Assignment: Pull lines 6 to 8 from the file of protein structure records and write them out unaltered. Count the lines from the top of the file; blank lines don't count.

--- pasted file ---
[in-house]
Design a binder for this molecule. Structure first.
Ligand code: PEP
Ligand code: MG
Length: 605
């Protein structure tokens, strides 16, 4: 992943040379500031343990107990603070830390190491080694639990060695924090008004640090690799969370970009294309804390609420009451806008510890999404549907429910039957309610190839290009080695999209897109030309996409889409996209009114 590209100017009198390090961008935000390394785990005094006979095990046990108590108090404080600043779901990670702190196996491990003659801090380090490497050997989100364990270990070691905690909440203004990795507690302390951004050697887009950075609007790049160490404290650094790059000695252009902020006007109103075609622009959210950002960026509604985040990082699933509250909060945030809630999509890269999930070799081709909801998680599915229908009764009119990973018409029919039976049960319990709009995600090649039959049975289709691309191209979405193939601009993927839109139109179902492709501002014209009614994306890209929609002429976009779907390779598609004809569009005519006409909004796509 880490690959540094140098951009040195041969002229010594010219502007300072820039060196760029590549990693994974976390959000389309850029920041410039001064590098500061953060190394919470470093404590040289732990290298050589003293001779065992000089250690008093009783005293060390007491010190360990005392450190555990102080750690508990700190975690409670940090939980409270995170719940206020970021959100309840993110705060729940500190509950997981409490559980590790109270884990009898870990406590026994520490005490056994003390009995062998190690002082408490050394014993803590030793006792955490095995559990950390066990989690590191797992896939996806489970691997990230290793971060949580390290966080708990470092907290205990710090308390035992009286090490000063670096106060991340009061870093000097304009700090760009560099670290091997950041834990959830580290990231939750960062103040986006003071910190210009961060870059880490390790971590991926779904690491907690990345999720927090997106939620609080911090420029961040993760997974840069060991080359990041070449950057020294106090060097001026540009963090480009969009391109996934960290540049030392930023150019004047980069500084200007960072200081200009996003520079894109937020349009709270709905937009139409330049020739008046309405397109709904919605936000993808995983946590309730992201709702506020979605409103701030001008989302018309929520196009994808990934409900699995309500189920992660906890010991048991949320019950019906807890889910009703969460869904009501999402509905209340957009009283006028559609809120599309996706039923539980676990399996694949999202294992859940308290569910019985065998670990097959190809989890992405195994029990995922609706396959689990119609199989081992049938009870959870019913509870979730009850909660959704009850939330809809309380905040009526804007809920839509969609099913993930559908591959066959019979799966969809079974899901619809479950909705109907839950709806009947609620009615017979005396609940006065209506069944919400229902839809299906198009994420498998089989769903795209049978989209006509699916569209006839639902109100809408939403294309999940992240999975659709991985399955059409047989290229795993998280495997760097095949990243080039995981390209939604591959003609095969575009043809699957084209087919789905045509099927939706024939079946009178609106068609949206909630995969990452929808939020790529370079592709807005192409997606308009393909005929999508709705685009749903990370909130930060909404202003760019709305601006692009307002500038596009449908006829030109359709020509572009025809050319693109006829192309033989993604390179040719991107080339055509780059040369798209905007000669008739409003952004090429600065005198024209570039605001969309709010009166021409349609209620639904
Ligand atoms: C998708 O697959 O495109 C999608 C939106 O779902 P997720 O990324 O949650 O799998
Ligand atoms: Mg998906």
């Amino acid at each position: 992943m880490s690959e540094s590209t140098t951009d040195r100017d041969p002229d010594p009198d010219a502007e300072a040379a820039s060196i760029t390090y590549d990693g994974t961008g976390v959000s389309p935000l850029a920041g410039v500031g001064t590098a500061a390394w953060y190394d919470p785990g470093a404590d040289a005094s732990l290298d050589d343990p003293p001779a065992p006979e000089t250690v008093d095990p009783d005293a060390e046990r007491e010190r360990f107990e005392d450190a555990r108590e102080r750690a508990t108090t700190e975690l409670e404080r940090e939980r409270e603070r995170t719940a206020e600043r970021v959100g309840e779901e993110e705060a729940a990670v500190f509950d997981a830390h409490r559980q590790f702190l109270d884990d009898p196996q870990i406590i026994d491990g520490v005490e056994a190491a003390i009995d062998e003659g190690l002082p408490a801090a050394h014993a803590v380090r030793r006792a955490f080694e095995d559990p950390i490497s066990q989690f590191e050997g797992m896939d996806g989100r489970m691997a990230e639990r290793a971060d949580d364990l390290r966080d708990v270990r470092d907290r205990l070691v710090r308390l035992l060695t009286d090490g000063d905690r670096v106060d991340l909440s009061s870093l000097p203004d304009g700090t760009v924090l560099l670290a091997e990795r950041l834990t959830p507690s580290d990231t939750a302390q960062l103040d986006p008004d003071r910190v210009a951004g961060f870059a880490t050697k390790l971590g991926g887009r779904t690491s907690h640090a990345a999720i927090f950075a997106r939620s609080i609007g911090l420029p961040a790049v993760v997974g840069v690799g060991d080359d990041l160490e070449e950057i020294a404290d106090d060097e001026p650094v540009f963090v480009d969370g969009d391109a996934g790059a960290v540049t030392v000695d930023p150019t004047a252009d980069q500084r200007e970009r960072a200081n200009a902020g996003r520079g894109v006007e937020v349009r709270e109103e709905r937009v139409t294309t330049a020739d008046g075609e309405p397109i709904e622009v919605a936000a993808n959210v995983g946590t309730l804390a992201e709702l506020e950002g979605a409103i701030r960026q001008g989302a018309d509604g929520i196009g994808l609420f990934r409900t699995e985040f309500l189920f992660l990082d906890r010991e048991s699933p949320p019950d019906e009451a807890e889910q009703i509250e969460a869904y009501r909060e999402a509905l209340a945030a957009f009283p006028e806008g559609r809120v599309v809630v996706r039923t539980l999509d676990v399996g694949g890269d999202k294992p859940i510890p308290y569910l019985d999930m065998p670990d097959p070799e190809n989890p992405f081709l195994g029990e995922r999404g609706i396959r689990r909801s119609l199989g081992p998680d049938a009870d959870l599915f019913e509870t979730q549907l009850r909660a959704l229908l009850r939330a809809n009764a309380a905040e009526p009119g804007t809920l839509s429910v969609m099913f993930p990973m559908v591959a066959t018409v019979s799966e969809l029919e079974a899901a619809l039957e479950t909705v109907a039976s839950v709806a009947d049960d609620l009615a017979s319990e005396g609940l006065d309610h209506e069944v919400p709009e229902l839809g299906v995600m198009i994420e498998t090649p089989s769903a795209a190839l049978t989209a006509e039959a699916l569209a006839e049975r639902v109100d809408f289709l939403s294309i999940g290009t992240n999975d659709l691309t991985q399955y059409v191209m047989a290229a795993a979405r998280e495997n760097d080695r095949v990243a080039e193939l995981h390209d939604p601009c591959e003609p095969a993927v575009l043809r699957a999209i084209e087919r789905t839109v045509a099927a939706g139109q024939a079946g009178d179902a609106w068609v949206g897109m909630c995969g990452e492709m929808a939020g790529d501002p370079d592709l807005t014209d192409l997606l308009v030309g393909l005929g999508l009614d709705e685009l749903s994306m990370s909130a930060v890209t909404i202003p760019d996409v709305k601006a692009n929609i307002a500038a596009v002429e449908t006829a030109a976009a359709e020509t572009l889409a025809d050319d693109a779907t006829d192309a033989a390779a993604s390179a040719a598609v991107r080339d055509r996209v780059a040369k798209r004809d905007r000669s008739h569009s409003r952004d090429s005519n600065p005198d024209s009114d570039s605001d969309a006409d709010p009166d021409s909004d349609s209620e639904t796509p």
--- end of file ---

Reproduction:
């Protein structure tokens, strides 16, 4: 992943040379500031343990107990603070830390190491080694639990060695924090008004640090690799969370970009294309804390609420009451806008510890999404549907429910039957309610190839290009080695999209897109030309996409889409996209009114 590209100017009198390090961008935000390394785990005094006979095990046990108590108090404080600043779901990670702190196996491990003659801090380090490497050997989100364990270990070691905690909440203004990795507690302390951004050697887009950075609007790049160490404290650094790059000695252009902020006007109103075609622009959210950002960026509604985040990082699933509250909060945030809630999509890269999930070799081709909801998680599915229908009764009119990973018409029919039976049960319990709009995600090649039959049975289709691309191209979405193939601009993927839109139109179902492709501002014209009614994306890209929609002429976009779907390779598609004809569009005519006409909004796509 880490690959540094140098951009040195041969002229010594010219502007300072820039060196760029590549990693994974976390959000389309850029920041410039001064590098500061953060190394919470470093404590040289732990290298050589003293001779065992000089250690008093009783005293060390007491010190360990005392450190555990102080750690508990700190975690409670940090939980409270995170719940206020970021959100309840993110705060729940500190509950997981409490559980590790109270884990009898870990406590026994520490005490056994003390009995062998190690002082408490050394014993803590030793006792955490095995559990950390066990989690590191797992896939996806489970691997990230290793971060949580390290966080708990470092907290205990710090308390035992009286090490000063670096106060991340009061870093000097304009700090760009560099670290091997950041834990959830580290990231939750960062103040986006003071910190210009961060870059880490390790971590991926779904690491907690990345999720927090997106939620609080911090420029961040993760997974840069060991080359990041070449950057020294106090060097001026540009963090480009969009391109996934960290540049030392930023150019004047980069500084200007960072200081200009996003520079894109937020349009709270709905937009139409330049020739008046309405397109709904919605936000993808995983946590309730992201709702506020979605409103701030001008989302018309929520196009994808990934409900699995309500189920992660906890010991048991949320019950019906807890889910009703969460869904009501999402509905209340957009009283006028559609809120599309996706039923539980676990399996694949999202294992859940308290569910019985065998670990097959190809989890992405195994029990995922609706396959689990119609199989081992049938009870959870019913509870979730009850909660959704009850939330809809309380905040009526804007809920839509969609099913993930559908591959066959019979799966969809079974899901619809479950909705109907839950709806009947609620009615017979005396609940006065209506069944919400229902839809299906198009994420498998089989769903795209049978989209006509699916569209006839639902109100809408939403294309999940992240999975659709991985399955059409047989290229795993998280495997760097095949990243080039995981390209939604591959003609095969575009043809699957084209087919789905045509099927939706024939079946009178609106068609949206909630995969990452929808939020790529370079592709807005192409997606308009393909005929999508709705685009749903990370909130930060909404202003760019709305601006692009307002500038596009449908006829030109359709020509572009025809050319693109006829192309033989993604390179040719991107080339055509780059040369798209905007000669008739409003952004090429600065005198024209570039605001969309709010009166021409349609209620639904
Ligand atoms: C998708 O697959 O495109 C999608 C939106 O779902 P997720 O990324 O949650 O799998
Ligand atoms: Mg998906």